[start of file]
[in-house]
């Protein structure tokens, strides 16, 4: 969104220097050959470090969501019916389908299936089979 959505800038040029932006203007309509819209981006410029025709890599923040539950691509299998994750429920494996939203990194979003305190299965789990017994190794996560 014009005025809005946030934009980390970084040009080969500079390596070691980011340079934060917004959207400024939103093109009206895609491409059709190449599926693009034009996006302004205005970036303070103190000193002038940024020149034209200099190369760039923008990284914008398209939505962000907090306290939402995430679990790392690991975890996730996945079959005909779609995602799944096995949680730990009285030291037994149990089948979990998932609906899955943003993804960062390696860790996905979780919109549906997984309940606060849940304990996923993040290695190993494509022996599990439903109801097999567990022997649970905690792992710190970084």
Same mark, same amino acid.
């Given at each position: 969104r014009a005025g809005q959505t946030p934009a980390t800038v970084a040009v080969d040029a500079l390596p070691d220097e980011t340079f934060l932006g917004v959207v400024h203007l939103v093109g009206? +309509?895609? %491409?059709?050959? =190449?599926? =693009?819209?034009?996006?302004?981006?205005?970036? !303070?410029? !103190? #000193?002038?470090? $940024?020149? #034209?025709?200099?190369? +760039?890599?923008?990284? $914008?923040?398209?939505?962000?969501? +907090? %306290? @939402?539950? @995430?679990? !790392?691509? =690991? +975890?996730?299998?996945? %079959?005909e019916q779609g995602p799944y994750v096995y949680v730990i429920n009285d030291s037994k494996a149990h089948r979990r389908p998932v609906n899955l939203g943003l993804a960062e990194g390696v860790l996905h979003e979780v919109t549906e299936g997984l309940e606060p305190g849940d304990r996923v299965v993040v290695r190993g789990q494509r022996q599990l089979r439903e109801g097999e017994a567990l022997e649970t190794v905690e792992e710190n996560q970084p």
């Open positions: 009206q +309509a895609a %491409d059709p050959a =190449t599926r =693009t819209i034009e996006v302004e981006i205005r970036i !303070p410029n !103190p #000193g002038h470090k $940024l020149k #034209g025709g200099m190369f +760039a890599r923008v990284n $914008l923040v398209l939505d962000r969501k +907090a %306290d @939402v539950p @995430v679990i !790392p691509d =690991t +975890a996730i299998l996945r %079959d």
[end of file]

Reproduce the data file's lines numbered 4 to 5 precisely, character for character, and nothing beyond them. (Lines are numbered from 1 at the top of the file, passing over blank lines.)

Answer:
């Given at each position: 969104r014009a005025g809005q959505t946030p934009a980390t800038v970084a040009v080969d040029a500079l390596p070691d220097e980011t340079f934060l932006g917004v959207v400024h203007l939103v093109g009206? +309509?895609? %491409?059709?050959? =190449?599926? =693009?819209?034009?996006?302004?981006?205005?970036? !303070?410029? !103190? #000193?002038?470090? $940024?020149? #034209?025709?200099?190369? +760039?890599?923008?990284? $914008?923040?398209?939505?962000?969501? +907090? %306290? @939402?539950? @995430?679990? !790392?691509? =690991? +975890?996730?299998?996945? %079959?005909e019916q779609g995602p799944y994750v096995y949680v730990i429920n009285d030291s037994k494996a149990h089948r979990r389908p998932v609906n899955l939203g943003l993804a960062e990194g390696v860790l996905h979003e979780v919109t549906e299936g997984l309940e606060p305190g849940d304990r996923v299965v993040v290695r190993g789990q494509r022996q599990l089979r439903e109801g097999e017994a567990l022997e649970t190794v905690e792992e710190n996560q970084p």
């Open positions: 009206q +309509a895609a %491409d059709p050959a =190449t599926r =693009t819209i034009e996006v302004e981006i205005r970036i !303070p410029n !103190p #000193g002038h470090k $940024l020149k #034209g025709g200099m190369f +760039a890599r923008v990284n $914008l923040v398209l939505d962000r969501k +907090a %306290d @939402v539950p @995430v679990i !790392p691509d =690991t +975890a996730i299998l996945r %079959d």